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For the week of Jan. 5 through Jan. 11, 2000

Trailhead fee violation thrown out before legal test

Oregon woman gets off on paying fee


By GREG STAHL
Express Staff Writer

A court test of the Sawtooth National Forest’s user-fee demo program was avoided after the U.S. Attorney’s office in Boise dismissed a citation issued against a woman who was ticketed in the Sawtooth National Recreation Area (SNRA) this fall.

Citing philosophical, legal and policy-related arguments in a letter, Bend, Ore., resident Marjorie Hoye successfully petitioned the U.S. Attorney’s office in Boise to dismiss her case, she claimed in an telephone interview.

Forest Service law enforcement supervisor Steve Lipus of Boise acknowledged during an interview that Hoye’s case was dropped. He said he didn’t know if his agency received Hoye’s letter, but added, "We’re not going to take anything to court and waste taxpayer money if we feel we don’t have a good case."

The prosecutor in the U.S. Attorney’s office in Boise who dealt with Hoye’s case was on vacation and not available for comment this week.

Hoye said she was traveling from Bend to Jackson Hole, Wyo., on Sept. 6 and stopped at the Iron Creek trailhead in the SNRA for a walk. After walking in the Sawtooth’s woods for three hours, Hoye said, she returned to her car to find a notice of noncompliance on the windshield.

A notice of noncompliance asks the ticketed person to purchase a pass within 14 days.

"I did not pay the notice, and I wrote a letter to the supervisor of the national forest (Bill LeVere) explaining my reasons of (sic) not complying," she wrote in her December letter to the U.S. Attorney’s office.

Three weeks later, Hoye said, she received notice that she was being fined $50. She said she chose not to pay the fine.

On Nov. 12, Hoye received a notice to appear in U.S. District Court in Boise. She never had to attend.

Though no one from the U.S. Attorney’s office was available to answer why Hoye’s case was dismissed, Hoye said she believes it was her letter that got her off the hook. The letter consisted of three arguments.

First, Hoye said she was not in the woods to recreate, but rather there for spiritual renewal.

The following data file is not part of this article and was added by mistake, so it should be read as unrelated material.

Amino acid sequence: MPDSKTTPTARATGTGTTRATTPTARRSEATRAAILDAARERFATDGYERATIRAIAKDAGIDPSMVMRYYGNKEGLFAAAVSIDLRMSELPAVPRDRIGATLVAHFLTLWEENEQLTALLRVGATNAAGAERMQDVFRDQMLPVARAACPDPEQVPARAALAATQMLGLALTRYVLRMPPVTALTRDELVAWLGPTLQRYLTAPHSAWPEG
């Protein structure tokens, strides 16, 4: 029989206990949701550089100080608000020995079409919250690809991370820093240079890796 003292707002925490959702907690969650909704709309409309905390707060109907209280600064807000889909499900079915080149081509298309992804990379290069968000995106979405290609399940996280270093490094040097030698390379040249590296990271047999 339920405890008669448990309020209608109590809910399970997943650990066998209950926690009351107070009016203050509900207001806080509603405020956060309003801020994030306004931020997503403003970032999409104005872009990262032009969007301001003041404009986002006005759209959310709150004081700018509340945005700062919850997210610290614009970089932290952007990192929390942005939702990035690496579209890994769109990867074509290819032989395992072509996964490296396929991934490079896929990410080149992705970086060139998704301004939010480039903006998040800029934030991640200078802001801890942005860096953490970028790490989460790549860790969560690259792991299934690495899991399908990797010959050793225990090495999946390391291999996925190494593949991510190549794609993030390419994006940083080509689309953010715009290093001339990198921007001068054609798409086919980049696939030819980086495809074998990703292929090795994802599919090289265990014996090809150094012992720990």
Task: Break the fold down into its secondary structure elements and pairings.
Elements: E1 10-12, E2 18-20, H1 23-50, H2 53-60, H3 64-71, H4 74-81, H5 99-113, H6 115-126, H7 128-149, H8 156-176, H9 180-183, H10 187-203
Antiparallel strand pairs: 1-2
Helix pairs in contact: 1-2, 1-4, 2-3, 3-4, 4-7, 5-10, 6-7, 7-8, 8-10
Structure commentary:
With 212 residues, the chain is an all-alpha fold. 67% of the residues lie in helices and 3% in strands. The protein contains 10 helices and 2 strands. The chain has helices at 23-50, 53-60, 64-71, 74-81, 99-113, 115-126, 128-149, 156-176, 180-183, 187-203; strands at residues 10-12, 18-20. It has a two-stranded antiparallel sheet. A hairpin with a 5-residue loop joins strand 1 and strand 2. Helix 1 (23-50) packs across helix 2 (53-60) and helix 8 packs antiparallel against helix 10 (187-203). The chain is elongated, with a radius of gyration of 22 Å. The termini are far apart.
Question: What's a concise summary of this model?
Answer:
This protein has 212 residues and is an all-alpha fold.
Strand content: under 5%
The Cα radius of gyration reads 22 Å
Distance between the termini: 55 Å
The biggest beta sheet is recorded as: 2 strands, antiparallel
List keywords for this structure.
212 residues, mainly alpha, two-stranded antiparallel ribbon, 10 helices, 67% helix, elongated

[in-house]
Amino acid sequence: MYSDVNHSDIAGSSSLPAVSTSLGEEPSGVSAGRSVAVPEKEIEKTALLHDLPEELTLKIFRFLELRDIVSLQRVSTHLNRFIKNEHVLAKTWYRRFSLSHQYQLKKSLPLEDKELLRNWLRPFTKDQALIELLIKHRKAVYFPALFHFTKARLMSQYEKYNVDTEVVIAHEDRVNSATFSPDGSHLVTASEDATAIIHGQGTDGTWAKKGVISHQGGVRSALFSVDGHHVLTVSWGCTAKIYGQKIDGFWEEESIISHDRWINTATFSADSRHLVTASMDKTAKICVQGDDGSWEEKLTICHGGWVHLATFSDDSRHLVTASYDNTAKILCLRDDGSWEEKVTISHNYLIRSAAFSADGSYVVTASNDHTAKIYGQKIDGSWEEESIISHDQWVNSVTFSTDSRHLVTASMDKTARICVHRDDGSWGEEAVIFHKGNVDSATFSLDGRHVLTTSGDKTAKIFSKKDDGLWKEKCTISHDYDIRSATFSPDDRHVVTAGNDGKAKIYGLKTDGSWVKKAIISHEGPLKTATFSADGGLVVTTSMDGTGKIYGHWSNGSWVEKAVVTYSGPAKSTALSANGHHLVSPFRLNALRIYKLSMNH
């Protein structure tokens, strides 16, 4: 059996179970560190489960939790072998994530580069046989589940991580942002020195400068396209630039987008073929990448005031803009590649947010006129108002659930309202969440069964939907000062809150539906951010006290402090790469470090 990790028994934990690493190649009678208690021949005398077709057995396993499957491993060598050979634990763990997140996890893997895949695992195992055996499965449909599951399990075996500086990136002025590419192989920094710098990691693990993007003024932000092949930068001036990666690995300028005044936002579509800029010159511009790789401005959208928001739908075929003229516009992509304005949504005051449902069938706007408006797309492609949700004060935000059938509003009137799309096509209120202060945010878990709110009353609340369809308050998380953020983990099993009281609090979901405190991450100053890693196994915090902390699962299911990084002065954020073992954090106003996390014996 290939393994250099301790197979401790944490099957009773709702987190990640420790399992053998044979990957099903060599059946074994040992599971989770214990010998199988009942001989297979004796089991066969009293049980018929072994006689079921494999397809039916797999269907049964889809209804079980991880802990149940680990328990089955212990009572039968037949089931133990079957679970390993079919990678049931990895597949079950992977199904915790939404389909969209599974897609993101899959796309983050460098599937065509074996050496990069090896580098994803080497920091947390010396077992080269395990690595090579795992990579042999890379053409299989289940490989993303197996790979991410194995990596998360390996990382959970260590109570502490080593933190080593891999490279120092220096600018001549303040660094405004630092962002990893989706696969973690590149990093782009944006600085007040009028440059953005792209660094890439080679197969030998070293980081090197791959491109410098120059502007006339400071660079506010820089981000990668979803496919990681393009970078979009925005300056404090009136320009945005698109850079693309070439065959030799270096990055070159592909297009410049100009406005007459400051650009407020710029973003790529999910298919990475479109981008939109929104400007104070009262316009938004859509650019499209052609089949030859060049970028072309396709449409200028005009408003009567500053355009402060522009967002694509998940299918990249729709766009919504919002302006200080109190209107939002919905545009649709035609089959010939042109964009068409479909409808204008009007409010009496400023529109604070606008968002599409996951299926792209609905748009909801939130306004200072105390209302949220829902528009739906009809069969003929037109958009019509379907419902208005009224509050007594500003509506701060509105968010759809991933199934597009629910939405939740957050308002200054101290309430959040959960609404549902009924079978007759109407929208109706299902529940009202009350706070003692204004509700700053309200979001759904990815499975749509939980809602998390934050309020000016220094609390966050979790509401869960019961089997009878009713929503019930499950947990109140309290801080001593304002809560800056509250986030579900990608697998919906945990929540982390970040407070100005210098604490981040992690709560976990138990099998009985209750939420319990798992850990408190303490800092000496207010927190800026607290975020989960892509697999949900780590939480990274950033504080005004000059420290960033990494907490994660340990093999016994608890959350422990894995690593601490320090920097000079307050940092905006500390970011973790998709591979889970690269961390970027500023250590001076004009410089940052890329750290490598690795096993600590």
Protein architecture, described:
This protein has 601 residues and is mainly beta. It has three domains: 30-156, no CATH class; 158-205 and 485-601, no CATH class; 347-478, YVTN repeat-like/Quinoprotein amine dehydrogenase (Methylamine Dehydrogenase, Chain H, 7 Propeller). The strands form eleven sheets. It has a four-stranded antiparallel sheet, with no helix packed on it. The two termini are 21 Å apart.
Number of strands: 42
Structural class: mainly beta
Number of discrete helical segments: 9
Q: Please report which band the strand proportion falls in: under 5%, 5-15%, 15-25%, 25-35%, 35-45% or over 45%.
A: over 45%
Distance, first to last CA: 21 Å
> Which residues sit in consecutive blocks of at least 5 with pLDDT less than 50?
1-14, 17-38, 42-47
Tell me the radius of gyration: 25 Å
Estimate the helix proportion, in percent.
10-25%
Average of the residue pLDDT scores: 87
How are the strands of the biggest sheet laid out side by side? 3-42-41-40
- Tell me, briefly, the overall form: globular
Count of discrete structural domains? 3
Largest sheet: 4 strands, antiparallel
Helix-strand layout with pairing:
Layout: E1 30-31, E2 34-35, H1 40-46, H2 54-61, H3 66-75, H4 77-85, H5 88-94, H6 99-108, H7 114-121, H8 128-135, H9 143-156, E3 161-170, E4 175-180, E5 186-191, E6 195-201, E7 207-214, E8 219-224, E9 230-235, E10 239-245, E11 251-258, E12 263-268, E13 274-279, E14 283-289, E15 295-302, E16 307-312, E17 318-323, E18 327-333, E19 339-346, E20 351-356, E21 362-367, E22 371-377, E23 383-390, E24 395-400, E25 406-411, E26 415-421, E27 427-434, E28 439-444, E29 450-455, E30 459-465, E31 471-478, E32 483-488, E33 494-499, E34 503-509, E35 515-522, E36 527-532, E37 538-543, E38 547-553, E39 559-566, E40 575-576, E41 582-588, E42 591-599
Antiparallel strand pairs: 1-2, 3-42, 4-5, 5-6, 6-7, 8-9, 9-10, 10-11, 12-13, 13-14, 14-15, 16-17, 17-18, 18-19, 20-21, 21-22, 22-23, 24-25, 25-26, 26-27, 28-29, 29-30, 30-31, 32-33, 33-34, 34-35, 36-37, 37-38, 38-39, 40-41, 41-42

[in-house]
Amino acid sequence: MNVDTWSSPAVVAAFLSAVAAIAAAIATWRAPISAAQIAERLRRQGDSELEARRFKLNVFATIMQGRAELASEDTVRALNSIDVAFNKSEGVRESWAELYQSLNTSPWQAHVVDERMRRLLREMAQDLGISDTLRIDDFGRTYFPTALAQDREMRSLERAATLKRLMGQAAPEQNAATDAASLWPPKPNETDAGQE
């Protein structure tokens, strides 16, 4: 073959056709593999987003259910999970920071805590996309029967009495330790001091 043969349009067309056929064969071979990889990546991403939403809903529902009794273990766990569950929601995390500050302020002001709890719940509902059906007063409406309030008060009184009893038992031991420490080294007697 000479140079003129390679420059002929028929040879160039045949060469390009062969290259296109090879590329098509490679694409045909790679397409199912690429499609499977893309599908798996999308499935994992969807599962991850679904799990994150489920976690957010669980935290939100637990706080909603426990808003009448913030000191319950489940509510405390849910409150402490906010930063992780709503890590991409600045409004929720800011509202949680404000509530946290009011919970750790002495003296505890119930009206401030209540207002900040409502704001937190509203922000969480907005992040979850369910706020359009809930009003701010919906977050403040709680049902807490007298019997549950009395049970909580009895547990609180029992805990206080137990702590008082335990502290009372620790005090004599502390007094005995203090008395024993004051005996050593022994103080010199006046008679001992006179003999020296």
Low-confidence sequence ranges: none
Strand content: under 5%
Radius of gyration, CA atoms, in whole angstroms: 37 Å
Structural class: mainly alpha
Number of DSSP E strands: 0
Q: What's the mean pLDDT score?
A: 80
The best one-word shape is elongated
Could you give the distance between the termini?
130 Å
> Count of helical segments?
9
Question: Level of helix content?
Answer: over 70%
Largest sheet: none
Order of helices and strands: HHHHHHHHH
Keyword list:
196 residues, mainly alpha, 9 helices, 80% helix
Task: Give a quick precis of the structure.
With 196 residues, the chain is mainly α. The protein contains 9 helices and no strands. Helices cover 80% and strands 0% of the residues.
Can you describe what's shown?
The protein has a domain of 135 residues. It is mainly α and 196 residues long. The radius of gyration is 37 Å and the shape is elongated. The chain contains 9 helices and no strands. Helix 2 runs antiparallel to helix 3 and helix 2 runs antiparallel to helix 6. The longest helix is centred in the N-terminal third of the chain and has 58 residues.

"I have never considered my walks on National Forest trails as ‘recreational’ in the sense the Forest Service uses the term: as an amusement," she wrote. "My visits to natural areas are for spiritual purposes: to restore my emotional health and to nurture my soul by getting away from the day-to-day challenges of living in a late 20th century city."

Secondly, Hoye wrote, a case similar to hers was dismissed by a judge on grounds that the user fee was "discretionary."

"In the Dec. 30, 1998, trial in Los Angeles of the United States of America vs. Robert Bartsch, the judge found Mr. Bartsch to be innocent of two violations because he deemed the required pass to be ‘discretionary’ rather than ‘mandatory,’" she wrote.

In the judge’s ruling, Hoye wrote, he told Bartsch that further citations would also be dismissed unless the program became mandatory, rather than a test.

Third, Hoye’s admittedly weakest argument, she said she simply doesn’t agree with the Fee Demonstration Program, "because I believe it to be a very destructive program designed to produce revenue for the Forest Service at the cost of destroying the peace, serenity and wildness of much of our public lands.

"By not paying the violation issued to me, I am demonstrating as a citizen and as a low-impact user of our National Forests, my disapproval of this destructive and discretionary trail park fee policy: in my mind, as well as in the minds of millions of others, a seriously flawed policy."

Hoye is not the first person to have a user-fee case dismissed from a federal court. A Mt. Shasta climber had his case thrown out a day before he was scheduled to appear in court last winter, according to a local paper’s account.

"Those persons who indicate clearly that they will not be good little customers and who refuse to pay their fee-demo fines seem to be having their cases dismissed," public lands activist and Bend, Ore., resident Scott Silver wrote in an e-mail message to a reporter. "There’s no guarantee that this will invariably be the case, but it is a pattern being repeated with regularity."

According to Lipus, 175 people were issued notices of noncompliance in the Sawtooth National Forest this year. Of those, 85 percent bought user passes, he said.

He said he doesn’t know how many people have had to go to court over the matter.

(See related story on page 7 of the printed edition of the Idaho Mountain Express)

 

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